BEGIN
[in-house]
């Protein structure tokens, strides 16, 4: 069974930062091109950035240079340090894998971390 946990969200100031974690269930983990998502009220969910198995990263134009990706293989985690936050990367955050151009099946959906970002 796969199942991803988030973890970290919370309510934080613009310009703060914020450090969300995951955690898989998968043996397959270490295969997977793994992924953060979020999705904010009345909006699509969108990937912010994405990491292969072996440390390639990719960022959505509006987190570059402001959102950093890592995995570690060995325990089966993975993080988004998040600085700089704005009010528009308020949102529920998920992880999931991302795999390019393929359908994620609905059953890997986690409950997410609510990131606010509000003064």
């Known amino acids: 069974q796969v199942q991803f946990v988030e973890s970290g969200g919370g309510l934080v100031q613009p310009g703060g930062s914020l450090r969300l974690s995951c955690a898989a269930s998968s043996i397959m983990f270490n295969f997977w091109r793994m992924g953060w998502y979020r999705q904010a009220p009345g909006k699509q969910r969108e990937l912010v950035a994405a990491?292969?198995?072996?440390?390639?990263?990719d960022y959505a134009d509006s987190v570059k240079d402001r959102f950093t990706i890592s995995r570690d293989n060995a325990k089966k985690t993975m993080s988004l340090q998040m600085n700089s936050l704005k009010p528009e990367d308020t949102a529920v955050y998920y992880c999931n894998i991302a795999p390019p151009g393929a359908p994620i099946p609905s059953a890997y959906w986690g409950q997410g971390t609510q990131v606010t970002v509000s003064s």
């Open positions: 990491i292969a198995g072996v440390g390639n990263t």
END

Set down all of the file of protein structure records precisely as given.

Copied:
[in-house]
């Protein structure tokens, strides 16, 4: 069974930062091109950035240079340090894998971390 946990969200100031974690269930983990998502009220969910198995990263134009990706293989985690936050990367955050151009099946959906970002 796969199942991803988030973890970290919370309510934080613009310009703060914020450090969300995951955690898989998968043996397959270490295969997977793994992924953060979020999705904010009345909006699509969108990937912010994405990491292969072996440390390639990719960022959505509006987190570059402001959102950093890592995995570690060995325990089966993975993080988004998040600085700089704005009010528009308020949102529920998920992880999931991302795999390019393929359908994620609905059953890997986690409950997410609510990131606010509000003064």
């Known amino acids: 069974q796969v199942q991803f946990v988030e973890s970290g969200g919370g309510l934080v100031q613009p310009g703060g930062s914020l450090r969300l974690s995951c955690a898989a269930s998968s043996i397959m983990f270490n295969f997977w091109r793994m992924g953060w998502y979020r999705q904010a009220p009345g909006k699509q969910r969108e990937l912010v950035a994405a990491?292969?198995?072996?440390?390639?990263?990719d960022y959505a134009d509006s987190v570059k240079d402001r959102f950093t990706i890592s995995r570690d293989n060995a325990k089966k985690t993975m993080s988004l340090q998040m600085n700089s936050l704005k009010p528009e990367d308020t949102a529920v955050y998920y992880c999931n894998i991302a795999p390019p151009g393929a359908p994620i099946p609905s059953a890997y959906w986690g409950q997410g971390t609510q990131v606010t970002v509000s003064s």
């Open positions: 990491i292969a198995g072996v440390g390639n990263t």